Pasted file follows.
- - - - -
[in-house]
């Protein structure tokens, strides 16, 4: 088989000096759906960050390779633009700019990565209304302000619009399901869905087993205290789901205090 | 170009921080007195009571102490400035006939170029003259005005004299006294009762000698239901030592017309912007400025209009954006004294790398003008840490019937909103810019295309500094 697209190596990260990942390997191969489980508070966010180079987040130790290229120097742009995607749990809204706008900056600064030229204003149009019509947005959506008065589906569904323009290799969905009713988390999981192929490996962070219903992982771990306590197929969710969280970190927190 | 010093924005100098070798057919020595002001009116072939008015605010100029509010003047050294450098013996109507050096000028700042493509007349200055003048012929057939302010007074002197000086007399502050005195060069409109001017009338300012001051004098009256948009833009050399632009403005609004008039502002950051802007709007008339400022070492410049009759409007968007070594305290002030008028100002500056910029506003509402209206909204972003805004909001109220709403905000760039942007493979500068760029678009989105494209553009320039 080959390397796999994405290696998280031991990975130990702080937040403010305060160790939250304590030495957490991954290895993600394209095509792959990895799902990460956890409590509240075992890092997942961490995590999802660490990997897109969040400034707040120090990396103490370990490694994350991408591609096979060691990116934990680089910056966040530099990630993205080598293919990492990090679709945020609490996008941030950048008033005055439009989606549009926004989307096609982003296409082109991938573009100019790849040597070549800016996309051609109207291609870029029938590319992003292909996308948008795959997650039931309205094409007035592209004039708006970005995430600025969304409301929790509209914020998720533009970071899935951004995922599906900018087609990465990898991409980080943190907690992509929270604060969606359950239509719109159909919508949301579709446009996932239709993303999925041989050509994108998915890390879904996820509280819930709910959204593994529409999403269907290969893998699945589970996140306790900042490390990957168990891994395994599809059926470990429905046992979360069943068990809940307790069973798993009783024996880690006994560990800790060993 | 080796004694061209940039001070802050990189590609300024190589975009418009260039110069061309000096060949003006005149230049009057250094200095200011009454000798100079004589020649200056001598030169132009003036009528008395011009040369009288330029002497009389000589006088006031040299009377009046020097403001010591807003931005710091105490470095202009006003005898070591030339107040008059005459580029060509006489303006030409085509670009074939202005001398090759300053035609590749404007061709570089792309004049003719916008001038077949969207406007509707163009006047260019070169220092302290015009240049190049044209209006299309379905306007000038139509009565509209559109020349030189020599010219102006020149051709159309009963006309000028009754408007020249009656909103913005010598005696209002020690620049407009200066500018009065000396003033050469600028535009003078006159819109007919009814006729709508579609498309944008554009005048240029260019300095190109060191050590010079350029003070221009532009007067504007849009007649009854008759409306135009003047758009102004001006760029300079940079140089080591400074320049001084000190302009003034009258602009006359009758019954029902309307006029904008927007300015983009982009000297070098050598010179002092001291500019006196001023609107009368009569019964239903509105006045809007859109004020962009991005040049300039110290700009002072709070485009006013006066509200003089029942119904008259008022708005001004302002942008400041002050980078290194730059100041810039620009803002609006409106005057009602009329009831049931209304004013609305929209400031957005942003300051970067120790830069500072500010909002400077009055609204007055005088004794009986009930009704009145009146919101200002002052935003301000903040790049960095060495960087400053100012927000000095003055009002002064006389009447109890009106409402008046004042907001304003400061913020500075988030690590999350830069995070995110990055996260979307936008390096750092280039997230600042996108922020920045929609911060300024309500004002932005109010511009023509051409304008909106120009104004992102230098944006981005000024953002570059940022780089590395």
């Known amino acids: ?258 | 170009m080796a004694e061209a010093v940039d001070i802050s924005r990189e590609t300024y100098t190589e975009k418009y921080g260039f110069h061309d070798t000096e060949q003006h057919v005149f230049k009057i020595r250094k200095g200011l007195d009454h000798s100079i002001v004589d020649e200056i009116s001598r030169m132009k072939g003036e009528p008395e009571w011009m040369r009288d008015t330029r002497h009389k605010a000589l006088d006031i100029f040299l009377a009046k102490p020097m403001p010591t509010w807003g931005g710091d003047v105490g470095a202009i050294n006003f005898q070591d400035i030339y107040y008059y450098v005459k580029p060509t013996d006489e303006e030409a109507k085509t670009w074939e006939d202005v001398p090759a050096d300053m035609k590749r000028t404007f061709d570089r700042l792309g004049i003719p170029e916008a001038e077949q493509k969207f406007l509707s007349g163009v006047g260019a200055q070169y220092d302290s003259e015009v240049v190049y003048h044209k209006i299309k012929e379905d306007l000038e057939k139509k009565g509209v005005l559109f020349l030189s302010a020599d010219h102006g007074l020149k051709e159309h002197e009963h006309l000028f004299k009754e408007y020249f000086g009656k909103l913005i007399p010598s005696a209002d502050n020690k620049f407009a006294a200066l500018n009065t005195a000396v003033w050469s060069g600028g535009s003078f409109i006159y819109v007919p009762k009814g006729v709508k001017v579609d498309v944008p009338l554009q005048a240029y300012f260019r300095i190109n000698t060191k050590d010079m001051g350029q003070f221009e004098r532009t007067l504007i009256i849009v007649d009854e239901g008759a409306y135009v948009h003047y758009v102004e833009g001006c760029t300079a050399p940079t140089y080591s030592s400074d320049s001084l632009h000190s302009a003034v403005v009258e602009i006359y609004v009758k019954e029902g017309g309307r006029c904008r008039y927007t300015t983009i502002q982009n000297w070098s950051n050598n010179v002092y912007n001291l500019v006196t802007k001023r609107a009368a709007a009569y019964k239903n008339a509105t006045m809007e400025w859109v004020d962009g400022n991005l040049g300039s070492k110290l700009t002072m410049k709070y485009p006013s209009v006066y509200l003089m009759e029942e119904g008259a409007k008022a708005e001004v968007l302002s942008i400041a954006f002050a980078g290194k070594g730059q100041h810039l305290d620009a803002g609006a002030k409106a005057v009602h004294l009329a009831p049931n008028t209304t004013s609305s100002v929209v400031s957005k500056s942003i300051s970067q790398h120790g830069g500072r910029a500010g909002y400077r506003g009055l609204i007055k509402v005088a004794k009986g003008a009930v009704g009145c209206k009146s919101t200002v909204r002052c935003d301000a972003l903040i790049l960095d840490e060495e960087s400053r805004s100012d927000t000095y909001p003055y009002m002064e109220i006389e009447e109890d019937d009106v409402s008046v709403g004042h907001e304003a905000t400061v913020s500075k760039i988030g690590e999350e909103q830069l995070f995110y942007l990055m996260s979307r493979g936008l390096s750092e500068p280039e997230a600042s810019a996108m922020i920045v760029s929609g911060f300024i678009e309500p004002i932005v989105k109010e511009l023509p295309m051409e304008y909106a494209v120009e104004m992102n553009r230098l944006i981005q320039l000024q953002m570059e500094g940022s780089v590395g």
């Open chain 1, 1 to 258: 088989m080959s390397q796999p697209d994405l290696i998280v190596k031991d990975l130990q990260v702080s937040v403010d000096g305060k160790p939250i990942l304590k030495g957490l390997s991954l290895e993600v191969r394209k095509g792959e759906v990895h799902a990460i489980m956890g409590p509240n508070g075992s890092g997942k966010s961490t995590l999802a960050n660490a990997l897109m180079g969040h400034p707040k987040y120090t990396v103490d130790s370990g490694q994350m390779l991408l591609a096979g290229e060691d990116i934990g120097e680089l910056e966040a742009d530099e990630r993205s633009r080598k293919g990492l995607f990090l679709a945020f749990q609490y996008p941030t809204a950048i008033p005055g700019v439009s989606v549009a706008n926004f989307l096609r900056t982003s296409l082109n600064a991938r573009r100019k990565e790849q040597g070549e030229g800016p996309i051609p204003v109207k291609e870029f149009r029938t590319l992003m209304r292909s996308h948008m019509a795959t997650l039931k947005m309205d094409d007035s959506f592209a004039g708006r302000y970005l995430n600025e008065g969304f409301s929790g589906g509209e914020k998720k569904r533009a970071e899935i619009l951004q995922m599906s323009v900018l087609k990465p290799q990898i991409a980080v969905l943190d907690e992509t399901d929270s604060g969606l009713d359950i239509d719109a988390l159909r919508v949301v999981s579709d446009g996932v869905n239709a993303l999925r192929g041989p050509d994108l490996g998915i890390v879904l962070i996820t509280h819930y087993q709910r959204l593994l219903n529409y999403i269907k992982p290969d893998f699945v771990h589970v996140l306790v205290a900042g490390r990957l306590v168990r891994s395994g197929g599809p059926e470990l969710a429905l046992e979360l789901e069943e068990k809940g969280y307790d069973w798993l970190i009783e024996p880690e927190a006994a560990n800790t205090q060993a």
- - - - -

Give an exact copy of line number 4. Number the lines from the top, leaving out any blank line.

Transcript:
């Open chain 1, 1 to 258: 088989m080959s390397q796999p697209d994405l290696i998280v190596k031991d990975l130990q990260v702080s937040v403010d000096g305060k160790p939250i990942l304590k030495g957490l390997s991954l290895e993600v191969r394209k095509g792959e759906v990895h799902a990460i489980m956890g409590p509240n508070g075992s890092g997942k966010s961490t995590l999802a960050n660490a990997l897109m180079g969040h400034p707040k987040y120090t990396v103490d130790s370990g490694q994350m390779l991408l591609a096979g290229e060691d990116i934990g120097e680089l910056e966040a742009d530099e990630r993205s633009r080598k293919g990492l995607f990090l679709a945020f749990q609490y996008p941030t809204a950048i008033p005055g700019v439009s989606v549009a706008n926004f989307l096609r900056t982003s296409l082109n600064a991938r573009r100019k990565e790849q040597g070549e030229g800016p996309i051609p204003v109207k291609e870029f149009r029938t590319l992003m209304r292909s996308h948008m019509a795959t997650l039931k947005m309205d094409d007035s959506f592209a004039g708006r302000y970005l995430n600025e008065g969304f409301s929790g589906g509209e914020k998720k569904r533009a970071e899935i619009l951004q995922m599906s323009v900018l087609k990465p290799q990898i991409a980080v969905l943190d907690e992509t399901d929270s604060g969606l009713d359950i239509d719109a988390l159909r919508v949301v999981s579709d446009g996932v869905n239709a993303l999925r192929g041989p050509d994108l490996g998915i890390v879904l962070i996820t509280h819930y087993q709910r959204l593994l219903n529409y999403i269907k992982p290969d893998f699945v771990h589970v996140l306790v205290a900042g490390r990957l306590v168990r891994s395994g197929g599809p059926e470990l969710a429905l046992e979360l789901e069943e068990k809940g969280y307790d069973w798993l970190i009783e024996p880690e927190a006994a560990n800790t205090q060993a």